When action speaks louder

When action speaks louder

Changing landscape

When action speaks louder

Even if few people come out and take an initiative, many others will support them. Else one only keeps cribbing that no one does anything.

The need is for someone to show leadership and enthusiasm and get the ball rolling – this realisation struck Ashok Kaliyamurthy, a resident of Bhuvaneshwari Nagar locality in CV Raman Nagar, when he came up with the idea of ‘ACTION Bhuvaneshwari Nagar’. A citizen action group, it stands for ‘All coming together to improve our neighbourhood’ and had its genesis in October last year.

“There was a huge garbage dump at the locality entrance since many years. It not only had a terrible stench but also blocked the road and became a breeding ground for mosquitoes. Some of us decided to get it cleaned up but we wanted community ownership and a sustainable solution to it. So we ran a door-to-door campaign and called everyone for a meeting,” says Ashok.

“Surprisingly, 200 people turned up. With the momentum that was created, we spoke to the BBMP and they were forced to come and work on a public holiday. A group of volunteers supervised the cleaning task. Everyone contributed funds towards cementing the road and kids painted the walls, converting the dirty ‘black spot’ into a beautiful public art space. Now people have stopped dumping garbage there and only give it to the BBMP staff who transfers it to their lorries without dumping on ground,” he adds.

In fact, the group has been applying pressure on different government bodies for the improvement of various amenities. Landscaping, cleaning and setting up lights in the park, a campaign on garbage segregation and appeals to the Bengaluru Traffic Police to erect speed humps in accident prone areas – these are some of the highlights. Besides, they also regularly organise activities for residents to interact with each other.

“We have a throwball league for kids and everyone gets to bond with each other over weekend get togethers. A directory of the 400 households has been maintained,” shares Ashok. Nikhaat, another energetic member, adds, “Our children’s pro-active approach in the cleaning drive made us realise that it doesn’t take rocket science to bring change in our surroundings, a baby step is enough.”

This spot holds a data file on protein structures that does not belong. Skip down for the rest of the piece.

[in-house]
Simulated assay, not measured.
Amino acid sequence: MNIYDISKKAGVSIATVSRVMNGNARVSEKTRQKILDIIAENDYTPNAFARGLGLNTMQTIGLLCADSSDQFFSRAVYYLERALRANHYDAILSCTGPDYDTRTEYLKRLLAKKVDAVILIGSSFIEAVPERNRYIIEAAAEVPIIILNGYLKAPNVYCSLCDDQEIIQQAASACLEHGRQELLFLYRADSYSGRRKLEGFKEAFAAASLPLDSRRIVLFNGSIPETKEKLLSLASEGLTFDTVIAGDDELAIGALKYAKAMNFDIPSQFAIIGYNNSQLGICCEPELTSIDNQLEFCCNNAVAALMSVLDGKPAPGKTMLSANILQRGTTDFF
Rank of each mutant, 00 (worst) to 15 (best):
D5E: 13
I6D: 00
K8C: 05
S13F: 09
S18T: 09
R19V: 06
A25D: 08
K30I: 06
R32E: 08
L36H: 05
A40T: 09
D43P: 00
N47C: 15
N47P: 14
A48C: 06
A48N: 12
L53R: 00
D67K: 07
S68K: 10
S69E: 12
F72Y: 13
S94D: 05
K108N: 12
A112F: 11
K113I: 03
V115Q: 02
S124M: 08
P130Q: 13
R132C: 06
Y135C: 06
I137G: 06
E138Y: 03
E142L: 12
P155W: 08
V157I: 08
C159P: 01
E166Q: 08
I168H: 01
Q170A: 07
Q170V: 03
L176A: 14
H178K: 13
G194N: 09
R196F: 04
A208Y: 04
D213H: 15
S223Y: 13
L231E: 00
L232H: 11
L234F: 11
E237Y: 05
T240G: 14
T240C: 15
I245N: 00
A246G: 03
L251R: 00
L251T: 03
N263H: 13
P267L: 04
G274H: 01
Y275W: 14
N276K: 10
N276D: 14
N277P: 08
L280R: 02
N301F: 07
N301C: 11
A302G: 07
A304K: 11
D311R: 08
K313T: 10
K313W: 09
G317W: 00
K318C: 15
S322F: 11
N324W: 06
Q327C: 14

Fortunately, residents in several localities across the City seem to share the common belief that responsible citizenship lies in taking effective action. So instead of complaining about the existing problems in their surroundings, they have taken out time from their busy schedules to form citizen action groups that are tackling a multitude of long-standing issues and also encouraging close interaction between people in the process.

KAMPS (Kaggadasapura Kere Abriruddhi Mattu Parisara Samrakshane Samiti) came into being in a similar manner. Due to the large populace, the small village of Kaggadasapura was transformed into a congested urban locality. But its unplanned nature spelt several problems– narrow roads and lack of piped water and parks. Aiming to reclaim the last open space there, a group of active residents came together to revive the neighbourhood Kaggadasapura Lake.

“We filed an RTI with the BDA to get the lake development plan and also started an awareness campaign to get more people in the group. Through our efforts, we were able to get encroachment clearance done followed by sewage diversion and walkway development. Today, many residents visit the thriving lake area to enjoy refreshing nature walks,” says Suvajit Sengupta, a corporate professional and pioneering member of KAMPS.

He says that the vibrant group has 350 members and acts as an online and offline forum for residents. “To foster togetherness among residents, we have been organising tree plantation, voter registration and cleanliness drives through the years. We soon have a painting competition, bird watching and photography workshop coming up,” adds another member, Shagird.

‘Whitefield Rising’, that focusses on four to five wards of Mahadevapura, likes to be called a ‘movement’ rather than an organisation. It started in March 2013 with a resident’s plea to save an old tree from being felled, which triggered the realisation that strength comes from citizens uniting. Its volunteers work as traffic wardens, try to repair footpaths and mend potholes, sweep streets and plant saplings, engage in solid waste management and impart teaching at government schools.

“We learn about the issues facing us, seek out subject matter experts on that, learn from experiments in other cities and then try to effect change in our own area,” shares volunteer Pravir Bagrodia. They have successfully organised ‘cycle days’ on Sundays, along with music and street games like badminton, chess and hopscotch.

“There was a colourful stage programme on the occasion of ‘Women’s Day’ wherein we honoured two women achievers in our area. We conduct safety workshops and have a safety app customised for our area which triggers alerts to volunteers and the police,” he adds.

Volunteering through such groups, citizens in Bengaluru are not only confirming their active participation in their communities but also making elected representatives work for what they’ve promised, making them aware of their vigilant presence.

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